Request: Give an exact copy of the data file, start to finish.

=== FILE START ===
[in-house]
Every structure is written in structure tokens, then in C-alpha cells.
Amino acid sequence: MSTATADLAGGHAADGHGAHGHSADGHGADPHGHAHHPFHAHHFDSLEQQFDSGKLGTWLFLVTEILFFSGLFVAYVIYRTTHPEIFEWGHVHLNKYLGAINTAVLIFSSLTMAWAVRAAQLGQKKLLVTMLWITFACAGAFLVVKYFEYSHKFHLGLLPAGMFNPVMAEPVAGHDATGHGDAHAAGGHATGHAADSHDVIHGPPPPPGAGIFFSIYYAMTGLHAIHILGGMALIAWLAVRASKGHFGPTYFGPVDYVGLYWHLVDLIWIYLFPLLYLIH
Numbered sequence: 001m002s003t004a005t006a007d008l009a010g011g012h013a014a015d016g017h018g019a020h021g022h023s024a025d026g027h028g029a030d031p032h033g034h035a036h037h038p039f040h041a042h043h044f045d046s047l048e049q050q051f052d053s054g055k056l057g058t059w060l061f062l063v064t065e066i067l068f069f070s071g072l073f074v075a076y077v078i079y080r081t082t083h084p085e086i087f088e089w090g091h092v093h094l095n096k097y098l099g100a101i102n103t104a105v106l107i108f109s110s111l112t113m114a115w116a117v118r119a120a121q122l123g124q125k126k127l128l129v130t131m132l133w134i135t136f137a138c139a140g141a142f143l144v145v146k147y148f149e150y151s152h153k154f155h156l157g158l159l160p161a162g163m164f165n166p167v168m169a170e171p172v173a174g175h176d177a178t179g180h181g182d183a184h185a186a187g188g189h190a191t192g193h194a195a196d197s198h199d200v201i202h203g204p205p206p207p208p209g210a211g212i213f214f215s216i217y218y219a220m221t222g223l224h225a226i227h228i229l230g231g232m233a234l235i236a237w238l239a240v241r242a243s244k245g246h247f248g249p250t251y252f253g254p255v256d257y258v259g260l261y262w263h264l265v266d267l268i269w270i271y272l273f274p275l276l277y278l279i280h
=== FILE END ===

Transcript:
[in-house]
Every structure is written in structure tokens, then in C-alpha cells.
Amino acid sequence: MSTATADLAGGHAADGHGAHGHSADGHGADPHGHAHHPFHAHHFDSLEQQFDSGKLGTWLFLVTEILFFSGLFVAYVIYRTTHPEIFEWGHVHLNKYLGAINTAVLIFSSLTMAWAVRAAQLGQKKLLVTMLWITFACAGAFLVVKYFEYSHKFHLGLLPAGMFNPVMAEPVAGHDATGHGDAHAAGGHATGHAADSHDVIHGPPPPPGAGIFFSIYYAMTGLHAIHILGGMALIAWLAVRASKGHFGPTYFGPVDYVGLYWHLVDLIWIYLFPLLYLIH
Numbered sequence: 001m002s003t004a005t006a007d008l009a010g011g012h013a014a015d016g017h018g019a020h021g022h023s024a025d026g027h028g029a030d031p032h033g034h035a036h037h038p039f040h041a042h043h044f045d046s047l048e049q050q051f052d053s054g055k056l057g058t059w060l061f062l063v064t065e066i067l068f069f070s071g072l073f074v075a076y077v078i079y080r081t082t083h084p085e086i087f088e089w090g091h092v093h094l095n096k097y098l099g100a101i102n103t104a105v106l107i108f109s110s111l112t113m114a115w116a117v118r119a120a121q122l123g124q125k126k127l128l129v130t131m132l133w134i135t136f137a138c139a140g141a142f143l144v145v146k147y148f149e150y151s152h153k154f155h156l157g158l159l160p161a162g163m164f165n166p167v168m169a170e171p172v173a174g175h176d177a178t179g180h181g182d183a184h185a186a187g188g189h190a191t192g193h194a195a196d197s198h199d200v201i202h203g204p205p206p207p208p209g210a211g212i213f214f215s216i217y218y219a220m221t222g223l224h225a226i227h228i229l230g231g232m233a234l235i236a237w238l239a240v241r242a243s244k245g246h247f248g249p250t251y252f253g254p255v256d257y258v259g260l261y262w263h264l265v266d267l268i269w270i271y272l273f274p275l276l277y278l279i280h